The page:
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Diabetes Researchers Find the Grail

By Sean Henahan, Access Excellence

San Antonio, TX (6/11/00)- The Holy Grail of diabetes research, an unlimited source of functional, insulin-producing beta-cells is now a reality, announced researchers at the American Diabetes Association's 60th annual meeting. The new ability to produce these cells, missing in patients with insulin-dependent diabetes, offers the promise of effective treatment and possible cure for the disease without depending on the donation of organ tissue, always in short supply.

A research team from the University of California in San Diego reported the creation of an immortalized cell-line that produces the precious human beta-cells in virtually unlimited numbers. The finding couldn't come at a better time, as clinical researchers have also recently announced improved success with beta-cell transplantation in patients with Type I, insulin-dependent diabetes. The new laboratory technique could assure a reliable supply of the insulin-regulating cells for patients who need them.

left: Dr. Fred Levine and colleagues in the lab

"Even if you had unlimited success with tissue transplantation, there is simply not enough donor tissue to treat the millions of people who have diabetes. We have now been able to create an immortal human cell line, and have demonstrated in mice that these cells are functional when transplanted, secreting insulin in response to glucose stimulation.," said Fred Levine, M.D., Ph.D., associate professor at the UCSD Cancer Center and the Whittier Institute in San Diego, whose laboratory reported the successful results

The new cell line was created by hybridizing human beta-cells with an line of cancer cells, a standard approach for creating immortal, protein producing cells. It took the researchers eight years to develop the technique for making these particular cells. The research presented at the ADA conference involved studies with mice. In those studies, the experimental beta-cells responded to glucose by producing sufficient insulin in the animals. Human studies are still some years away, Levine cautioned.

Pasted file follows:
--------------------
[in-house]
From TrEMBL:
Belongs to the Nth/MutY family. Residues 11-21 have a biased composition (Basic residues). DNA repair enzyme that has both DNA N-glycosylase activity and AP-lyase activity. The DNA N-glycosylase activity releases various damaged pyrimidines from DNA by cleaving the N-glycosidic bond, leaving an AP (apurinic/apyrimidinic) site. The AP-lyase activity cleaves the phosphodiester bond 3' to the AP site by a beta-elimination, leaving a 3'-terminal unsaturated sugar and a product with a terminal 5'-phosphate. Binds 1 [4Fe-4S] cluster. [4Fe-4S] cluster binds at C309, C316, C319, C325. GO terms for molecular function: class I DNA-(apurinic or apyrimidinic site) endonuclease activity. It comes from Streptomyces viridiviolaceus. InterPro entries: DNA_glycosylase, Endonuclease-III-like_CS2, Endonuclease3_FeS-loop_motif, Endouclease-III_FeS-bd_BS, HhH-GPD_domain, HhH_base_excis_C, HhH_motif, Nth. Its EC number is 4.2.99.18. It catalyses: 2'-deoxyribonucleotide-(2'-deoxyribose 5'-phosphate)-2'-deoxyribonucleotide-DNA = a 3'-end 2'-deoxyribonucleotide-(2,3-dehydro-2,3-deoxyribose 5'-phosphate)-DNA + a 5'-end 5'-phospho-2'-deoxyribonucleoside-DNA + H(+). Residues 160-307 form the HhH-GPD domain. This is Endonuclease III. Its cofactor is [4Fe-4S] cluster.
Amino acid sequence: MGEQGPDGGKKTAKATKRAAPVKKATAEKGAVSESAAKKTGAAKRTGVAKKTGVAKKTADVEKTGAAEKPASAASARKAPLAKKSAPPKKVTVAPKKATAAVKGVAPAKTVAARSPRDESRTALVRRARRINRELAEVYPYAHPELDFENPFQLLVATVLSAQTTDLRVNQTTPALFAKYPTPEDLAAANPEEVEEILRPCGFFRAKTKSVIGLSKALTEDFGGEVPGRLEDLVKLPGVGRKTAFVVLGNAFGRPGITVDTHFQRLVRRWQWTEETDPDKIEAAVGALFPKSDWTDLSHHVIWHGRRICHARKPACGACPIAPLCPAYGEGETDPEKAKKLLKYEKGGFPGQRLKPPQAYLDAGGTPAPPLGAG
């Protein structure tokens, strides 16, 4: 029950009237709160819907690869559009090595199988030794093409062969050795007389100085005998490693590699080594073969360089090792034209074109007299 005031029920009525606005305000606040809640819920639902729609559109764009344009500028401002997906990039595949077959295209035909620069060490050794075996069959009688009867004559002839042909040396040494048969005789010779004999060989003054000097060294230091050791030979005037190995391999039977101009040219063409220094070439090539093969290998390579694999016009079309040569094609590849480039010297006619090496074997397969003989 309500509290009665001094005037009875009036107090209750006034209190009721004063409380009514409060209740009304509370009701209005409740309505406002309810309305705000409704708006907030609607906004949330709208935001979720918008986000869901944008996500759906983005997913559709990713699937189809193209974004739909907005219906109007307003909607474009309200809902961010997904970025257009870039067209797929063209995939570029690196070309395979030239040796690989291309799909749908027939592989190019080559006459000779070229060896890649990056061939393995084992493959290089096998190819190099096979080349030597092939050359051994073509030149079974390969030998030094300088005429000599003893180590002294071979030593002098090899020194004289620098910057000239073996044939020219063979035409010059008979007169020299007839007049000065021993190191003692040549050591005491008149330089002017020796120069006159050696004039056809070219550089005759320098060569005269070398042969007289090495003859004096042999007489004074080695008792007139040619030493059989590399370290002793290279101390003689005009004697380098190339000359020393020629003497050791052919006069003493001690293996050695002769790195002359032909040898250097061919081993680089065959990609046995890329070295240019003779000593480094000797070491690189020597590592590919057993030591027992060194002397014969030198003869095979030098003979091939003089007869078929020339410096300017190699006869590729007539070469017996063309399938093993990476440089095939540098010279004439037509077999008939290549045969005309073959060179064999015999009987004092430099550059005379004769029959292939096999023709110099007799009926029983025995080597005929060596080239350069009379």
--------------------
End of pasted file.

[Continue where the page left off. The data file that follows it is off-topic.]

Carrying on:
Some 16 million people in the US alone have diabetes, primarily of the Type-II, non-insulin-dependent variety. If a sufficient supply of beta-cells were available, both Type I (insulin-dependent) and Type II patients could also benefit from cell transplantation.

Important Progress on the Transplant Front

transplant me!Until now, transplanting beta-producing cells into patients with diabetes has involved either transplanting a donor, islet-cell producing pancreas, or, direct infusion of islet-cells. These methods have been used with some success for several years, but were hampered not only by a shortage of cells for transplantation, but also by interaction with the patient's immune system requiring the use of immunosuppressive drugs. Researchers from Edmonton, Alberta, Canada reported important progress on the front recently with a modified approach. Developed by Dr. James Shapiro, the 'Edmonton Protocol' uses a novel steroid-free combination of three drugs--Tacrolimus, Sirolimus and Daclizumab--which together prevent rejection of the transplanted islets and also stops the autoimmune diabetes from returning. The protocol also uses more islets and transplanted them immediately rather than putting them in an incubator for several days after they are removed. That work is now being expanded to clinical trials across North America, under the auspices of the Immune Tolerance Network, a consortium of research centers.

right: a healthy islet cell (click for transplant animation)

Other approaches now being investigated in the area of islet-cell transplantation include the concomitant use of bone marrow stem cells during transplantation, the use of monoclonal antibodies to modulate the immune response, and the use of genetic engineering techniques to deliver other potentially useful anti-rejection proteins.

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